Burek is an institution in Serbia, there are shops dedicated to just this one food item. The photo below shows one such shop in Novi Sad. They offer a product made in a highly specialised way, although I didn’t try it.
As I said, it’s something that you should eat only occasionally although, if you go to Serbia, you must try it.
One more option, where you can eat, are restaurants. In my case, as I was in Serbia for a longer time, I mostly ate in restaurants when I travelled. In Belgrade, I ate at home. I either cooked or had already cooked “home-made” meals that I mentioned earlier in this post.
Whenever I went to have a meal in a restaurant, I had ćevapi that you can see in the photo below. That was my dinner in a restaurant in Zrenjanin, where I stayed for one night.
I had the same in Novi Sad and in Šabac. It’s a typical Serbian meal that I don’t eat often. Chicken, beef, fish, you can get everywhere. But you can eat proper ćevapi only in the Balkans.
I also want to mention čvarke, one more popular Serbian delicacy. But let me say straight away that this is something that you would only want to try and never eat on a regular basis. Loosely translated into English, these are a kind of pork crisps. Basically, it’s fat that’s thermally extracted from the lard. It sounds bizarre, but believe me when I tell you that they are phenomenally delicious.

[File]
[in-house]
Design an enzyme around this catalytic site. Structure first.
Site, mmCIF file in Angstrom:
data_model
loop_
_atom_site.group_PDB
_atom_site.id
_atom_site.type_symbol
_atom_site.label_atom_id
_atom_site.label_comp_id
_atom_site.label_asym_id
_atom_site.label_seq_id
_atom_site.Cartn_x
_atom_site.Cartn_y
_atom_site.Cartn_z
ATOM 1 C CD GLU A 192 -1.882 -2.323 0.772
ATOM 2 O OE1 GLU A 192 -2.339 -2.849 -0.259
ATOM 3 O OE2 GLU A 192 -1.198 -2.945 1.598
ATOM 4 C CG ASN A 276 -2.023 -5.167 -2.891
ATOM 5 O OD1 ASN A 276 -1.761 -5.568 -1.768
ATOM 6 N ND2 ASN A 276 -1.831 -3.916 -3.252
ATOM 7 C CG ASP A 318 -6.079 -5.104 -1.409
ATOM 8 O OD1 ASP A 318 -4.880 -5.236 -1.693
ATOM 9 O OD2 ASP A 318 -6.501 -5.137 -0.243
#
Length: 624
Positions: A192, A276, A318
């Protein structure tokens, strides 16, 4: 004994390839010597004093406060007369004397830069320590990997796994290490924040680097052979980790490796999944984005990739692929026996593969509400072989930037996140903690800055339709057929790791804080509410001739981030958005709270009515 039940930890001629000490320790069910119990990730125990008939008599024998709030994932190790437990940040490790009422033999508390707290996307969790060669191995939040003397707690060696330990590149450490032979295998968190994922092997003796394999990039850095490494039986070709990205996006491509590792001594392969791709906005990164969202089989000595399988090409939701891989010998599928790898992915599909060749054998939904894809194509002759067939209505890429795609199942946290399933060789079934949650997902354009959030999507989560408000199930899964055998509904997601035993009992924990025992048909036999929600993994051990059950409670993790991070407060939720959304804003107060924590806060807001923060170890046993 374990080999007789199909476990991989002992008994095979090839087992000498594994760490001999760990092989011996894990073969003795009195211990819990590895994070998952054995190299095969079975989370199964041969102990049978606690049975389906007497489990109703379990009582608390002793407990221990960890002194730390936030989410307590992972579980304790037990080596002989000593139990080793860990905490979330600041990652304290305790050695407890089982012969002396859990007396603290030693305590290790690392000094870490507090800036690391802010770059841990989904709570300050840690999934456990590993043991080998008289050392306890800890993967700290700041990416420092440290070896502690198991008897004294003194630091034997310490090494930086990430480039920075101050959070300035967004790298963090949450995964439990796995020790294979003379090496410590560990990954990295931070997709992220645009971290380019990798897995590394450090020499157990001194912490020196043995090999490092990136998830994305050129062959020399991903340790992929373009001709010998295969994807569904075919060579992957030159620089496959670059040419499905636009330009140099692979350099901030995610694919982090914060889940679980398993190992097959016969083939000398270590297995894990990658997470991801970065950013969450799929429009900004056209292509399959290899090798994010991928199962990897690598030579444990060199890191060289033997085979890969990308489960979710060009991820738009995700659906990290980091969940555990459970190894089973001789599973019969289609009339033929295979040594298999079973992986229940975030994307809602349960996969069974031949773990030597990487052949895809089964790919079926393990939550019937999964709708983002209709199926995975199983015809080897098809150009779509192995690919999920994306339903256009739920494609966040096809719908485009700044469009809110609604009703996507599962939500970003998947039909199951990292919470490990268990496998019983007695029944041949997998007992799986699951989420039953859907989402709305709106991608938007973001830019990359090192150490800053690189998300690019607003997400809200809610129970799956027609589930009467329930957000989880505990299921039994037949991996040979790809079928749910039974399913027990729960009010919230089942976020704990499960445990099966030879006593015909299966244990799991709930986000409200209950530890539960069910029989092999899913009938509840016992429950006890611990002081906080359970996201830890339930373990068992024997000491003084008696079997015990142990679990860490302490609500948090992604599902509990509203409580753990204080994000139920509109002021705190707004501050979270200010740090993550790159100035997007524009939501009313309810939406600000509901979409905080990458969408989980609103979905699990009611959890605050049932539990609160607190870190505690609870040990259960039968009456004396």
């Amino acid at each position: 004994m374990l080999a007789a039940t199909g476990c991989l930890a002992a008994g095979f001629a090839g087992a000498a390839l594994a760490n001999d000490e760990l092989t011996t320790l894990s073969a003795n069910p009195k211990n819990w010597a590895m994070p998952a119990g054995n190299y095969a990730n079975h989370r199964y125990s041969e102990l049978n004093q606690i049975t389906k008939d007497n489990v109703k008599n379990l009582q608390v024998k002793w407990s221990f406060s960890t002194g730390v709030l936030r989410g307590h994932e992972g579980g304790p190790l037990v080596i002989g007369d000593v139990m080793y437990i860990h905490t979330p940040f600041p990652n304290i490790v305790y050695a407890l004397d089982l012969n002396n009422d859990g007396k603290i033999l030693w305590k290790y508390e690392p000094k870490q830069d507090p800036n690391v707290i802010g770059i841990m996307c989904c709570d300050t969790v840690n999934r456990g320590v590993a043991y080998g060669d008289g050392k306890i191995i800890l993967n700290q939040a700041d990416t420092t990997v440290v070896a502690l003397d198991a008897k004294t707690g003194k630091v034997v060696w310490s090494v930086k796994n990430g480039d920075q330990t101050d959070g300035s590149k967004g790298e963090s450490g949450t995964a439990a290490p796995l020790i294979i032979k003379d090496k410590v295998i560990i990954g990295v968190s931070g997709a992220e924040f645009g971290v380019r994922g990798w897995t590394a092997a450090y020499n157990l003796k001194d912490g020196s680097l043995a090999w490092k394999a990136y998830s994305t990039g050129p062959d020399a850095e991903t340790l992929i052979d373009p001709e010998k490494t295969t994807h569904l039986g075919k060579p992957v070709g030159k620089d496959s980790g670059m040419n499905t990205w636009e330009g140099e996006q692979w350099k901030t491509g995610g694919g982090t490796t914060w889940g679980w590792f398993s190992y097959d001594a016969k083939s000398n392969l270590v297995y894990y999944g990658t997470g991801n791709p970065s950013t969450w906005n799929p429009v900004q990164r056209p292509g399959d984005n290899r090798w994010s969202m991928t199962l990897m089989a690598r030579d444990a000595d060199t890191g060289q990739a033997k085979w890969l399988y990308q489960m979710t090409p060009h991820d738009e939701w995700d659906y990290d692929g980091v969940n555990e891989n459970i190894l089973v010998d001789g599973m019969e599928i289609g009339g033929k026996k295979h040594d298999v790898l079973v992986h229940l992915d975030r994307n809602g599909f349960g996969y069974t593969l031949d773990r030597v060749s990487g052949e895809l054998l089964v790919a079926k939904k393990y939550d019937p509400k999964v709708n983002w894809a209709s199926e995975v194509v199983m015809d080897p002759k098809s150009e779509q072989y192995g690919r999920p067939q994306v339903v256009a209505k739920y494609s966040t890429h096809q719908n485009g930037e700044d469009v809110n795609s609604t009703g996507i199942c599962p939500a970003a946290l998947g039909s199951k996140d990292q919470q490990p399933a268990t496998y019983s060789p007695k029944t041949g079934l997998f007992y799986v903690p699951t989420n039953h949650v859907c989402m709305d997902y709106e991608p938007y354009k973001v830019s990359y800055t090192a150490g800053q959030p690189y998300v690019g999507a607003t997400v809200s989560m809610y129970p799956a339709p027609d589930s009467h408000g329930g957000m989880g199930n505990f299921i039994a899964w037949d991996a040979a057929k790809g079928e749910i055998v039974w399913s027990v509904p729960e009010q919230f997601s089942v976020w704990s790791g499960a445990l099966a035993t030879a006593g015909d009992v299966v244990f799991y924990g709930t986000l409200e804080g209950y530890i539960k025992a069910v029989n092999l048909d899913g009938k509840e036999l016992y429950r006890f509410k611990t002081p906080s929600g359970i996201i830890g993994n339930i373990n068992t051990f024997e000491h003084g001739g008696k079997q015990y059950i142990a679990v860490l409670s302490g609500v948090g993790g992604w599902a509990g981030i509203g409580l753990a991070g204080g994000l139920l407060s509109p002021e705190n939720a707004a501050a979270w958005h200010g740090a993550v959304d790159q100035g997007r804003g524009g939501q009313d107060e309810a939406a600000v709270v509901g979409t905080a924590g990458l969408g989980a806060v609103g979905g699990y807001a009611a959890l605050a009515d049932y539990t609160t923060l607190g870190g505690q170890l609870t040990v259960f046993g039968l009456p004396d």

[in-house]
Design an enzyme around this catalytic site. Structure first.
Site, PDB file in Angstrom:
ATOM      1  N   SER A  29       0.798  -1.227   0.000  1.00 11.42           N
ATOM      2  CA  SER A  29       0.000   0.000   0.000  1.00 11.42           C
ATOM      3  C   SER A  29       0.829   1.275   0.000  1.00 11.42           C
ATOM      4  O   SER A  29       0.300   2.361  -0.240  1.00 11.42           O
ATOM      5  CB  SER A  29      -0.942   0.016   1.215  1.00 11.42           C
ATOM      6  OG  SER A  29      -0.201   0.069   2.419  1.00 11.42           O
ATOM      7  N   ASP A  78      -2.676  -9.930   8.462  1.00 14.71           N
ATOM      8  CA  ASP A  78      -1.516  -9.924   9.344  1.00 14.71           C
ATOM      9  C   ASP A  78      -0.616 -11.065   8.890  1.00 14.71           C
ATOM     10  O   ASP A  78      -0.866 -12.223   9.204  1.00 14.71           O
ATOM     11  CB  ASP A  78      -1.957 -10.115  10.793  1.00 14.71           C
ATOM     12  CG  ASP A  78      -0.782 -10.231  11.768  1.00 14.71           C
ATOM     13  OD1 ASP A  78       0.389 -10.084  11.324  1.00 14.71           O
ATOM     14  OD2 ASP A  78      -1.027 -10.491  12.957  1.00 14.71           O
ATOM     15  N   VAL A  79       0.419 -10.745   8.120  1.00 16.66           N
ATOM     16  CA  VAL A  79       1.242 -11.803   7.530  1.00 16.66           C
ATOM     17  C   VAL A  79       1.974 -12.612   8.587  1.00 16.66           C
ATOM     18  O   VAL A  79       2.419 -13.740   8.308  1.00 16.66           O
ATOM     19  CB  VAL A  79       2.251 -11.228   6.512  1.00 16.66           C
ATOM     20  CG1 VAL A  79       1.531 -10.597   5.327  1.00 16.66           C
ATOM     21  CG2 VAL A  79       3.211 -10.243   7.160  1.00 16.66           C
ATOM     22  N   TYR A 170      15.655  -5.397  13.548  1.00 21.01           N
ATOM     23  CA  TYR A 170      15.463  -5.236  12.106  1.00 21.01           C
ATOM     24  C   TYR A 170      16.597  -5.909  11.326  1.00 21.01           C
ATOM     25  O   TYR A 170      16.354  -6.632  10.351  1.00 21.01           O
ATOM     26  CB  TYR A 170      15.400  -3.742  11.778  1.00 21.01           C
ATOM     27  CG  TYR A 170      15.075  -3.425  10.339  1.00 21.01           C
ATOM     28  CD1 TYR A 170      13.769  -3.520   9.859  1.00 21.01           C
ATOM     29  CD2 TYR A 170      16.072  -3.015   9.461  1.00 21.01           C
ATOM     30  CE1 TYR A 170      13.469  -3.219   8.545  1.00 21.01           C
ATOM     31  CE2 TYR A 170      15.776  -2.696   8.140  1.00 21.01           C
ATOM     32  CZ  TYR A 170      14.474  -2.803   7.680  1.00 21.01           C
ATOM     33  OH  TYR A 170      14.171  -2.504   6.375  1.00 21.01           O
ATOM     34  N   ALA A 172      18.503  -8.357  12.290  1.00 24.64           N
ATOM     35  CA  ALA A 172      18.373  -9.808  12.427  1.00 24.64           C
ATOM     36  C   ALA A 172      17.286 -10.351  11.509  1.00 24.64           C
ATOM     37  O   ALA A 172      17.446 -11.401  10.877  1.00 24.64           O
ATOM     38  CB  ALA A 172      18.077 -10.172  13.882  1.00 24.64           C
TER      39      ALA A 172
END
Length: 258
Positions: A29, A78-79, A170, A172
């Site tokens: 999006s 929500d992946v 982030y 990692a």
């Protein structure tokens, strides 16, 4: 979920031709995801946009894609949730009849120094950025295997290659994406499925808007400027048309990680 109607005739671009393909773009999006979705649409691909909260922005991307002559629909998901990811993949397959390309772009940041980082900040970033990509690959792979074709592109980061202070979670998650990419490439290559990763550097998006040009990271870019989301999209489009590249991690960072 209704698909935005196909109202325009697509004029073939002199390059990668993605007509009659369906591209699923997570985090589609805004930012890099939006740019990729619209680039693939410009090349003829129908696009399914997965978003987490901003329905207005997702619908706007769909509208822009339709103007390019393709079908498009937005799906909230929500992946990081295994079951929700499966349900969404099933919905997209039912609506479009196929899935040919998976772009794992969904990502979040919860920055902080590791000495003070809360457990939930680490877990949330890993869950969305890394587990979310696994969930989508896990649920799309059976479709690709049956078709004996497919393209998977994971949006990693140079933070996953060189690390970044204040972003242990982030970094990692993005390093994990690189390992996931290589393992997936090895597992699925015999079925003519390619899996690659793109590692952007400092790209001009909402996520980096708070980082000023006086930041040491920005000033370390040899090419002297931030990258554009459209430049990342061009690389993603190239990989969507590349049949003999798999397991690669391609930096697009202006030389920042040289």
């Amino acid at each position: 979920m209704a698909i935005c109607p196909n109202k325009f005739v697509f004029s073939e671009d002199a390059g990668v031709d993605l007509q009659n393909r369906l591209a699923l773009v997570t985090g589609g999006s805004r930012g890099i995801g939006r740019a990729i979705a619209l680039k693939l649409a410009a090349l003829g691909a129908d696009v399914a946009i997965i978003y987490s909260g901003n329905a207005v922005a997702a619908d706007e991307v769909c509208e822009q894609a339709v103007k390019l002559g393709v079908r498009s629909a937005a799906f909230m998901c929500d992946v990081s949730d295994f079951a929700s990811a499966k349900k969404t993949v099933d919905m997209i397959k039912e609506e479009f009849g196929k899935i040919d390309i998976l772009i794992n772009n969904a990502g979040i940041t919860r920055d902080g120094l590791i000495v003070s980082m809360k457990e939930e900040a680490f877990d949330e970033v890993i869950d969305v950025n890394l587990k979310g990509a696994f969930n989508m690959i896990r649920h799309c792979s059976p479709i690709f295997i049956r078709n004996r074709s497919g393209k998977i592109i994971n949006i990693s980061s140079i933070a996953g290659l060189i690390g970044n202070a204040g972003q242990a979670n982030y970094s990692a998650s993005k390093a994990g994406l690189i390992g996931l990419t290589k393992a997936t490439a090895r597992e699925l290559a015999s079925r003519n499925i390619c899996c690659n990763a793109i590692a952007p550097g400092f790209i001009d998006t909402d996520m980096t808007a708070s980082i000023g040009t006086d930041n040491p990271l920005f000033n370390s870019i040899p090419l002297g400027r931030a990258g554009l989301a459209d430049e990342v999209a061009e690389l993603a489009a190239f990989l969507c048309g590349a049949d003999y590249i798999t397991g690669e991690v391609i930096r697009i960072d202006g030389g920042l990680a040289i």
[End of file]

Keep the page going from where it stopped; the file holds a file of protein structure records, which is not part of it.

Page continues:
You are not going to find this food item in Turkey, for obvious reasons. It’s one crucial difference between Serbian and Turkish cuisines.
SO, IS SERBIAN FOOD HEALTHY?
Well, it all comes down to food choices that we make and it’s the same wherever we are. If we base our diet on a lot of vegetables with limited quantities of meat or fish, then we eat healthily. If we never eat any junk food and if we limit the intake of wheat products that normally give us abnormal blood sugar spikes, we eat healthily.
Serbian food can be as healthy or unhealthy as you personally choose. However, based on my experience, I would say that the eating habits in Serbia are not entirely healthy. Temptations are everywhere, it’s almost like a minefield.
While I think that it’s OK to occasionally give in to temptations and try exotic food, they should really remain just the occasional treats.
In all honesty, I didn’t rigorously stick to my nutritional ideology, from time to time I treated myself with food that I would normally never eat, to satisfy both my eyes and my soul.
You should do the same, wherever you happen to be.